• Other tests. Occasionally, your doctor may order blood tests, a computed tomography (CT) scan, a magnetic resonance imaging (MRI) scan, or a bone scan to determine the condition of the bone and soft tissues of your shoulder.

How is the surgery done?

Shoulder surgery

Total Shoulder Replacement

The standard total shoulder replacement involves replacing the arthritic joint surfaces with a highly polished metal ball attached to a stem, and a plastic socket. They may be either cemented or press fit into the bone. In most cases, an all-plastic glenoid (socket) component is implanted with bone cement.

Shoulder surgery

Stemmed Hemiarthroplasty

Depending on the condition of your shoulder, your surgeon may replace only the ball. In a traditional hemiarthroplasty, the surgeon replaces the head of the upper arm bone with a metal ball and stem to achieve movement and a more steady joint

Shoulder surgery

Resurfacing Hemiarthroplasty

Resurfacing hemiarthroplasty involves replacing just the joint surface of the upper arm head with a cap-like prosthesis without a stem. With its bone-preserving advantage, it offers those with arthritis of the shoulder an alt="Shoulder surgery"ernative to the standard stemmed shoulder replacement.

Shoulder surgery

Reverse Total Shoulder Replacement

Another type of shoulder replacement is called reverse total shoulder replacement. In reverse total shoulder replacement, the socket and metal ball are switched: A metal ball is attached to the shoulder bone, and a plastic socket is attached to the upper arm bone. This allows the patient to use the deltoid muscle instead of the torn rotator cuff to lift the arm.

Post-operative care & recovery

You will need the sling to support and protect your shoulder for the first 2 to 6 weeks after surgery, depending on the complexity of your surgery and your surgeon's preference. Wearing a sling will protect your shoulder after surgery. You will have staples running along your wound or a suture beneath your skin. The staples will be removed several weeks after surgery. A dissolving suture beneath your skin will not require removal.

Avoid soaking the wound in water until it has thoroughly sealed and dried. You may continue to bandage the wound to prevent irritation from clothing.

Exercise is a critical component of home care, particularly during the first few weeks after surgery. Follow your surgeon's home exercise plan to help you regain strength. Most patients are able to perform simple activities such as eating, dressing, and grooming, within 2 weeks after surgery. Some pain with activity and at night is common for several weeks after surgery.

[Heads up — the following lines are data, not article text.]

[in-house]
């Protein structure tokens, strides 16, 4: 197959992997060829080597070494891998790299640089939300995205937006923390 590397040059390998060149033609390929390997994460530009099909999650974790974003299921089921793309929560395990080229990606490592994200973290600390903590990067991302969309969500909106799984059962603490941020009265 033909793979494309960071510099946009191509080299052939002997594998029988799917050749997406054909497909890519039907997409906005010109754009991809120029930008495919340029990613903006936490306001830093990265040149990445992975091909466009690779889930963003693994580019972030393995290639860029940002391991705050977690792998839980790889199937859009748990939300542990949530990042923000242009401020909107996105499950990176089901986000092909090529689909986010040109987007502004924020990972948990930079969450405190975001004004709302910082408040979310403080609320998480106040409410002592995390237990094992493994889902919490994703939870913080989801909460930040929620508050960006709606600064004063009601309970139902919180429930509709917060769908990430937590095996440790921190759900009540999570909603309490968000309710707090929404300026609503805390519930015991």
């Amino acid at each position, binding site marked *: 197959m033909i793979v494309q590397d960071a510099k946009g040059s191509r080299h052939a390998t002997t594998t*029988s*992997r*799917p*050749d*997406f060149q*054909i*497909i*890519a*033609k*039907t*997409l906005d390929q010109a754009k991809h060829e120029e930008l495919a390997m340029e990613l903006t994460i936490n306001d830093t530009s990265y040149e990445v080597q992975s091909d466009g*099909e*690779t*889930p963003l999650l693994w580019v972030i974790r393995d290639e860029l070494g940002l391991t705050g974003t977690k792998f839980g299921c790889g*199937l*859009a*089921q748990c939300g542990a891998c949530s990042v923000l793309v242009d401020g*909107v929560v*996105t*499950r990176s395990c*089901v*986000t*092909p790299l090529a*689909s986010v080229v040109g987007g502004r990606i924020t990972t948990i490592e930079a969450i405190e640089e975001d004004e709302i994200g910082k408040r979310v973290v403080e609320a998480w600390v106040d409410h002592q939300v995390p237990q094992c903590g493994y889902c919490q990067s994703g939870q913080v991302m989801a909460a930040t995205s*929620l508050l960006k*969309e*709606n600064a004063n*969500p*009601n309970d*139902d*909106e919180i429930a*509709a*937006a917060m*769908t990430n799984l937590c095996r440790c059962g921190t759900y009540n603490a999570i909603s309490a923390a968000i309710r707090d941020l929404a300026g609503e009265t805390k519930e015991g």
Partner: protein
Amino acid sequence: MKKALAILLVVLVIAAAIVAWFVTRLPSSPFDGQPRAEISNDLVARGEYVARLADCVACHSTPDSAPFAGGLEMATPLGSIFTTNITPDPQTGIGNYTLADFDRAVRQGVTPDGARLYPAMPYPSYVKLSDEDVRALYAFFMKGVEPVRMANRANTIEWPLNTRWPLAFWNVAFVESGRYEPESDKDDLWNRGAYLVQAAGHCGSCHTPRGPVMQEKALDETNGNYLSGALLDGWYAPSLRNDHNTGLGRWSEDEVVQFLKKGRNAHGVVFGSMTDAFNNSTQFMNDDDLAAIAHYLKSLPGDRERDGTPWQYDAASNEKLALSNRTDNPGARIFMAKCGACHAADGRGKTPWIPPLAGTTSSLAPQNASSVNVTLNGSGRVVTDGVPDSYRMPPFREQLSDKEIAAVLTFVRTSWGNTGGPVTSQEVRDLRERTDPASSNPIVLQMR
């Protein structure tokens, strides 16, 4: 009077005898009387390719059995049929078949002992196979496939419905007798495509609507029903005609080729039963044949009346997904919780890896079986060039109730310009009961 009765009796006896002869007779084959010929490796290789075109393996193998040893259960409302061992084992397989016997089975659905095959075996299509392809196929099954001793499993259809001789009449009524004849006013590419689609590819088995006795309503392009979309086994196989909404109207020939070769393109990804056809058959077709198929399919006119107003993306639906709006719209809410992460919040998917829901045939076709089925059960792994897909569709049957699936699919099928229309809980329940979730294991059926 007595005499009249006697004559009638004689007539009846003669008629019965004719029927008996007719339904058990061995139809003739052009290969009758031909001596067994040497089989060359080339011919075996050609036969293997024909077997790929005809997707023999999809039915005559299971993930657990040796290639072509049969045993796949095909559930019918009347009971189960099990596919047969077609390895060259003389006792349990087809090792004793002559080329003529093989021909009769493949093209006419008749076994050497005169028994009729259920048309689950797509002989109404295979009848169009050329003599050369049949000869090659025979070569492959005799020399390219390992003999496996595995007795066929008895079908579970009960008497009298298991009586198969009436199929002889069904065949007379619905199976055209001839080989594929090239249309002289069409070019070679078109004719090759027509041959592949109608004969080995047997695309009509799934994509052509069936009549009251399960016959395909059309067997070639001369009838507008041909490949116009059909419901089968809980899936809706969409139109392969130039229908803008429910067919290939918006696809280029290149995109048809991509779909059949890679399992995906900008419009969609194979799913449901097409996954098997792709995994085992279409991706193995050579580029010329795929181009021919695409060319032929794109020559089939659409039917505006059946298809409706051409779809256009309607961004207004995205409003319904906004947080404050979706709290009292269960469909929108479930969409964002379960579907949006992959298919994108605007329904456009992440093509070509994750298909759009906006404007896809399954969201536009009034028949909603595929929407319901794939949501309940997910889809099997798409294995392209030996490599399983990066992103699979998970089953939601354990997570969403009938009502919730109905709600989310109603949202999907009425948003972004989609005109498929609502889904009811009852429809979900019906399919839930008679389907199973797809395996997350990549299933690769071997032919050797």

You are not allowed to drive a car for 2 to 6 weeks after surgery.

Here are some common do's and don'ts for when you return home:

  • Don't use the arm to push yourself up in bed or from a chair because this requires forceful contraction of muscles.
  • Do follow the program of home exercises prescribed for you. You may need to do the exercises 2 to 3 times a day for a month or more.
  • Don't overdo it! If your shoulder pain was severe before the surgery, the experience of pain-free motion may lull you into thinking that you can do more than is prescribed. Early overuse of the shoulder may result in severe limitations in motion.
  • Don't lift anything heavier than a glass of water for the first 2 to 4 weeks after surgery.
  • Do ask for assistance. Your physician may be able to recommend an agency or facility to help if you do not have home support.
  • Don't participate in contact sports or do any repetitive heavy lifting after your shoulder replacement.
  • Do avoid placing your arm in any extreme position, such as straight out to the side or behind your body for the first 6 weeks after surgery.

Any risks or side effects of the surgery

The potential complications of the shoulder replacement surgery include:

  • Nerve damage which can weaken and cause pain and numbness around the area

Reach out to us if you have

  • Redness, swelling or warmth around the cut
  • Leakage from the cut
  • Fever and chills
  • Severe knee pain that is not relieved by prescribed painkillers
  • Sudden sharp pain and clicking or popping sound in the knee joint
  • Loss of control over leg movement
  • Loss of leg movement
  • Any other surgeries planned ahead

Frequently Asked Questions